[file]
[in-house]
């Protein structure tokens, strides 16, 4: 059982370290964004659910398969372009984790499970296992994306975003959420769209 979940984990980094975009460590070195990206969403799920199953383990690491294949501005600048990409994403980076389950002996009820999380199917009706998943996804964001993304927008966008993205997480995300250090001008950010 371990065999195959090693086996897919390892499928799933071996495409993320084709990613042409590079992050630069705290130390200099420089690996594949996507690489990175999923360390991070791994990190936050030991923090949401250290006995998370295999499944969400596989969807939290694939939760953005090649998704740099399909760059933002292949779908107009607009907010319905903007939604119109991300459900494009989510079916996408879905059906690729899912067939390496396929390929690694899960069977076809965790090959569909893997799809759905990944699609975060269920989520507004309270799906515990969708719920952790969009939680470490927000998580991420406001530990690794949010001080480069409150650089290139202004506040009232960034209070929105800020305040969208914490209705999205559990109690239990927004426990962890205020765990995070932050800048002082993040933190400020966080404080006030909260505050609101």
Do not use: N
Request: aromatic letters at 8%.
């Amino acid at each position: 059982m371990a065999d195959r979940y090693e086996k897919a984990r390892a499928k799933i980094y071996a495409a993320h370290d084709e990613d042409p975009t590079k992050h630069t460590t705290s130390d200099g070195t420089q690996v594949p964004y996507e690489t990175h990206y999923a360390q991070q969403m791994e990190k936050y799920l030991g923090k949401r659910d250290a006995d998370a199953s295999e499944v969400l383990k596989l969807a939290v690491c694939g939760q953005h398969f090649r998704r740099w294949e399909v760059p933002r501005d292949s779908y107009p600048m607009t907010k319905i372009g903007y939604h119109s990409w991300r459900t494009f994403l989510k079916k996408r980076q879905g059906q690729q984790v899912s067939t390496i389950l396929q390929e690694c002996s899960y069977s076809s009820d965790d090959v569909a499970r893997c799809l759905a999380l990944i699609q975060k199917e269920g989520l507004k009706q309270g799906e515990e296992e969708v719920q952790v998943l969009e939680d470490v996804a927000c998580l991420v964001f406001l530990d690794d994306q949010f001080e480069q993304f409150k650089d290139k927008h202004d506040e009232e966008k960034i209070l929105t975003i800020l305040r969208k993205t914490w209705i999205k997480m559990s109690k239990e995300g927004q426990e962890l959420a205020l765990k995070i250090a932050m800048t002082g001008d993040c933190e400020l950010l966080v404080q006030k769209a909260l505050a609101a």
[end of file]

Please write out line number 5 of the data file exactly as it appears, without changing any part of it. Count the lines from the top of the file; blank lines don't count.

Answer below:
């Amino acid at each position: 059982m371990a065999d195959r979940y090693e086996k897919a984990r390892a499928k799933i980094y071996a495409a993320h370290d084709e990613d042409p975009t590079k992050h630069t460590t705290s130390d200099g070195t420089q690996v594949p964004y996507e690489t990175h990206y999923a360390q991070q969403m791994e990190k936050y799920l030991g923090k949401r659910d250290a006995d998370a199953s295999e499944v969400l383990k596989l969807a939290v690491c694939g939760q953005h398969f090649r998704r740099w294949e399909v760059p933002r501005d292949s779908y107009p600048m607009t907010k319905i372009g903007y939604h119109s990409w991300r459900t494009f994403l989510k079916k996408r980076q879905g059906q690729q984790v899912s067939t390496i389950l396929q390929e690694c002996s899960y069977s076809s009820d965790d090959v569909a499970r893997c799809l759905a999380l990944i699609q975060k199917e269920g989520l507004k009706q309270g799906e515990e296992e969708v719920q952790v998943l969009e939680d470490v996804a927000c998580l991420v964001f406001l530990d690794d994306q949010f001080e480069q993304f409150k650089d290139k927008h202004d506040e009232e966008k960034i209070l929105t975003i800020l305040r969208k993205t914490w209705i999205k997480m559990s109690k239990e995300g927004q426990e962890l959420a205020l765990k995070i250090a932050m800048t002082g001008d993040c933190e400020l950010l966080v404080q006030k769209a909260l505050a609101a």